Book Image

Security with Go

By : John Daniel Leon
Book Image

Security with Go

By: John Daniel Leon

Overview of this book

Go is becoming more and more popular as a language for security experts. Its wide use in server and cloud environments, its speed and ease of use, and its evident capabilities for data analysis, have made it a prime choice for developers who need to think about security. Security with Go is the first Golang security book, and it is useful for both blue team and red team applications. With this book, you will learn how to write secure software, monitor your systems, secure your data, attack systems, and extract information. Defensive topics include cryptography, forensics, packet capturing, and building secure web applications. Offensive topics include brute force, port scanning, packet injection, web scraping, social engineering, and post exploitation techniques.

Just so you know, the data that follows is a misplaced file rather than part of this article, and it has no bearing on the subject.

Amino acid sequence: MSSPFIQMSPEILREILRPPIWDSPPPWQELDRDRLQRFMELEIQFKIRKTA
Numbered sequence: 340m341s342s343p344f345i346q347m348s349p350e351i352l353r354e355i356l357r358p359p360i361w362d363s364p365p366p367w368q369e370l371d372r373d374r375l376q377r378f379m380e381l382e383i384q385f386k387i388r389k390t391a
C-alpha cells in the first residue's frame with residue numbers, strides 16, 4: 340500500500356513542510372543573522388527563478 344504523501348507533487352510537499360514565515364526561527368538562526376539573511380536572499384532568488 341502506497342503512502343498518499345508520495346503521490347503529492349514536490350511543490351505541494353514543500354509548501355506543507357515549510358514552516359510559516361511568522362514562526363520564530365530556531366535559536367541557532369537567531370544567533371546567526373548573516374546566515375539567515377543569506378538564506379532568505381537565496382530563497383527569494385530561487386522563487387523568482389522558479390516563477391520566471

Table of Contents (15 chapters)

Finding writable files

Once you gain access to a system, you want to start exploring. Typically, you will look for ways to escalate your privilege or maintain persistence. A great way to look for methods of persistence is to identify which files have write permissions.

You can look at the file permission settings and see if you or everyone has write permission. You can look explicitly for modes such as 777, but a better way is to use a bitmask and look specifically at the write permission bits.

The permissions are represented by several bits: the user permissions, group permissions, and finally, the permissions for everyone. The string representation of a 0777 permission would look like this: -rwxrwxrwx. The bit we are interested in is the one that gives everyone the write permission, which is represented by --------w-.

The second bit is the only one we care about, so we will...